Gun crime tech 'failed to save lives' in Chicago
An attempt to use software to help prevent gun crime in Chicago did not save lives, according to a study.
In 2013, the city's police began using algorithms to create a list of people deemed to be most at risk of being shot dead.
But the effort had no impact on homicide rates, the report said. Rather, those on the list were more likely to face arrest themselves.
The police defended the tech saying its predictive power has since improved.
The report was carried out by the Rand Corporation, a public policy-focused research body, and was published in the Journal of Experimental Criminology.
Both the police and the software's developer - the Illinois Institute of Technology - co-operated with Rand's evaluation.
The so-called "predictive policing" initiative was based on the idea that potential victims of gun crime could be identified by building a social network model.
Specifically, the software calculated a person's risk factor on the basis of two variables:
- how many times they had been arrested with others who had later themselves become gun crime victims
- the number of relationships they had to intermediaries who had been arrested with people who had become homicide victims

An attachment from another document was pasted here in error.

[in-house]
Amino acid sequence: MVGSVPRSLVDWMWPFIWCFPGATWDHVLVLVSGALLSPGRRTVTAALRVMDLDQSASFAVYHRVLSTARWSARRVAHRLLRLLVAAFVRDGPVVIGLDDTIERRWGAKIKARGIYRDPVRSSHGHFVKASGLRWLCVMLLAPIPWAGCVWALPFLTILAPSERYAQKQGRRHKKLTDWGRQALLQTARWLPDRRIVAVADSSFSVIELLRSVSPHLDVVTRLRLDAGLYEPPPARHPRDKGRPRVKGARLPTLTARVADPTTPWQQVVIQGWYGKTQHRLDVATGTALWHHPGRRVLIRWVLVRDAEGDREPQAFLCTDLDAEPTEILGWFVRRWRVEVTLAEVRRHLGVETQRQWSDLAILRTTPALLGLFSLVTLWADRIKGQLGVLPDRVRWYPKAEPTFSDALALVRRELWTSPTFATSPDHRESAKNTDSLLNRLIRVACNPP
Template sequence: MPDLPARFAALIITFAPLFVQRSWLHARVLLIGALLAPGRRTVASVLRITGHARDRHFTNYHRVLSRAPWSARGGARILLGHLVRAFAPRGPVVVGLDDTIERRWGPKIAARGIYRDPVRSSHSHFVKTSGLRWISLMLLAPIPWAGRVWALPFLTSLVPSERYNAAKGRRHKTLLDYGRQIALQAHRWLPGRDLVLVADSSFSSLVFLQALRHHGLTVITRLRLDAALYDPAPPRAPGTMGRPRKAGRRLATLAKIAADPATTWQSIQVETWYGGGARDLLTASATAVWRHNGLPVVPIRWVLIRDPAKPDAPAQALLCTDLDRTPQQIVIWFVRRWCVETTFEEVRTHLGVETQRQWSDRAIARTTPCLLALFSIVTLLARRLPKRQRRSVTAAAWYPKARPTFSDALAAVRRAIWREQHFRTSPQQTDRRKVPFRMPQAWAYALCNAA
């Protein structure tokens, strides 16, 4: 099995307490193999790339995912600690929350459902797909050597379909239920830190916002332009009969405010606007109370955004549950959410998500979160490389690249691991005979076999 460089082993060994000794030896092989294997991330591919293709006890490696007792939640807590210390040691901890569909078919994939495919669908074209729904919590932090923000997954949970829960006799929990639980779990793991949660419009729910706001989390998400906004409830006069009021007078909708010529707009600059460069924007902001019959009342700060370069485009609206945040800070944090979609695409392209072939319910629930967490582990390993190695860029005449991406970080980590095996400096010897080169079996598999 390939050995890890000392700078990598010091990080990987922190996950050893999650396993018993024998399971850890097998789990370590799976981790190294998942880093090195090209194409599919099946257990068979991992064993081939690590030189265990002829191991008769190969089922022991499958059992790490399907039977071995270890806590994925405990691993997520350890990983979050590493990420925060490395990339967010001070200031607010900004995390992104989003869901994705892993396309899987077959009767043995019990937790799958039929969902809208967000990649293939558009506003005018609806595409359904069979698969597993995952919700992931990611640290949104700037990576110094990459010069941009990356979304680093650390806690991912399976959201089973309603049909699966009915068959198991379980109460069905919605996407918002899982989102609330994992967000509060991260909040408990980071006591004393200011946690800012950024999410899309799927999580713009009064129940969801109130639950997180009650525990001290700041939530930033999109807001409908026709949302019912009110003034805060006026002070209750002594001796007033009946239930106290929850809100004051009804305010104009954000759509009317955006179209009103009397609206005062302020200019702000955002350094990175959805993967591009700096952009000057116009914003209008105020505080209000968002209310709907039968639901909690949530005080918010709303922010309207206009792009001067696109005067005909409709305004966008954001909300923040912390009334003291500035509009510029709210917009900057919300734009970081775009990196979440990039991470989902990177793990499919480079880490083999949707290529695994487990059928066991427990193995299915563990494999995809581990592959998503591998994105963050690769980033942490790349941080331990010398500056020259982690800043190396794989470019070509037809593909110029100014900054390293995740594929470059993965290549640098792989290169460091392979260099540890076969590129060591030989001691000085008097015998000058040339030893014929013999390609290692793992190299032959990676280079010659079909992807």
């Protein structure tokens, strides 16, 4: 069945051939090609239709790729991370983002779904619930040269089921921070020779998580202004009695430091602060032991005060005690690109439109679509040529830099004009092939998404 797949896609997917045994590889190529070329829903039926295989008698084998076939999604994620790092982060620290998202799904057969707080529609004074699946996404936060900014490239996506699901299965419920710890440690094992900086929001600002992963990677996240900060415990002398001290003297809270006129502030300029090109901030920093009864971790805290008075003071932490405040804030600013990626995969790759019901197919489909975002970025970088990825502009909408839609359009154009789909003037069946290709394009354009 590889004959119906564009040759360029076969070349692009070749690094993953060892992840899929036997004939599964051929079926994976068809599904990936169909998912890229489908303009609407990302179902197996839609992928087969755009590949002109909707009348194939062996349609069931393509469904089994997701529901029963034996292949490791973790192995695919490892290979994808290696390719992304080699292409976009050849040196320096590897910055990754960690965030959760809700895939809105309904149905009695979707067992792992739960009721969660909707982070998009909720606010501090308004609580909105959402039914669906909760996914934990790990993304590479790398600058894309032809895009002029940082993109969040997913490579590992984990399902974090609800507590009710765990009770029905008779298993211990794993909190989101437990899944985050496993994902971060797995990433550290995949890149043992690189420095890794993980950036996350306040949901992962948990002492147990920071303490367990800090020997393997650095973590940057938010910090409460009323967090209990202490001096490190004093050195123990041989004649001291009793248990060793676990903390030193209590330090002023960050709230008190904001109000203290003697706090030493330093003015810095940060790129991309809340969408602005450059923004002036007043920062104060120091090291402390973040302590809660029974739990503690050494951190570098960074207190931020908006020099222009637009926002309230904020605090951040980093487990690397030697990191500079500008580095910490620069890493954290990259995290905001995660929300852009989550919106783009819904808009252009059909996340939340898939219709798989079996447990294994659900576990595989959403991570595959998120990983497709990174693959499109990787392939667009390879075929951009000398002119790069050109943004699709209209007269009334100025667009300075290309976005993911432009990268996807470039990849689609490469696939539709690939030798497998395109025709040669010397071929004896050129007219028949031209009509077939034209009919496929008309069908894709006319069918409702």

This resulted in a total of 426 people being identified as "high risk" in March 2013. They were placed on a register called the Strategic Subjects List (SSL).
The researchers said their analysis of the gun crime that followed indicated that being on the list made no difference to people's chances of being shot or killed. Neither was there any impact on overall homicide levels, they added.
But they said the SSL's members became more likely to be arrested for the shootings of others.
"The effect size was rather large... 2.88 times more likely than their matched counterparts," the study said.
The report's authors said officers had received "no practical direction" about what to do with the list, and, in some cases, had decided to use it as a way to identify possible subjects.
The danger, they warned, was that use of the list could lead to civil rights and privacy abuses. This might ultimately backfire, they said, if people felt they were being unfairly treated, although they added they had seen no evidence of this themselves.
The Chicago Police Department has issued a press release in which it said the findings were "no longer relevant".
The force said it now used a more elaborate model that takes account of additional factors, such as how many times an individual has recently been arrested for violent offences.
And it said it now used the technique to arrange visits to members of the list, their families and friends to explain what preventative steps they could take.
Even so, one privacy rights group said the affair served as a warning.
"Using predictive policing might seem like an ingenious solution to fighting crime, but predictions from data algorithms can often draw inaccurate conclusions," Renate Samson, chief executive of Big Brother Watch, told the BBC,
"The police must exercise caution when using data to target people and be sure that they adhere to the rule of innocent until proven guilty."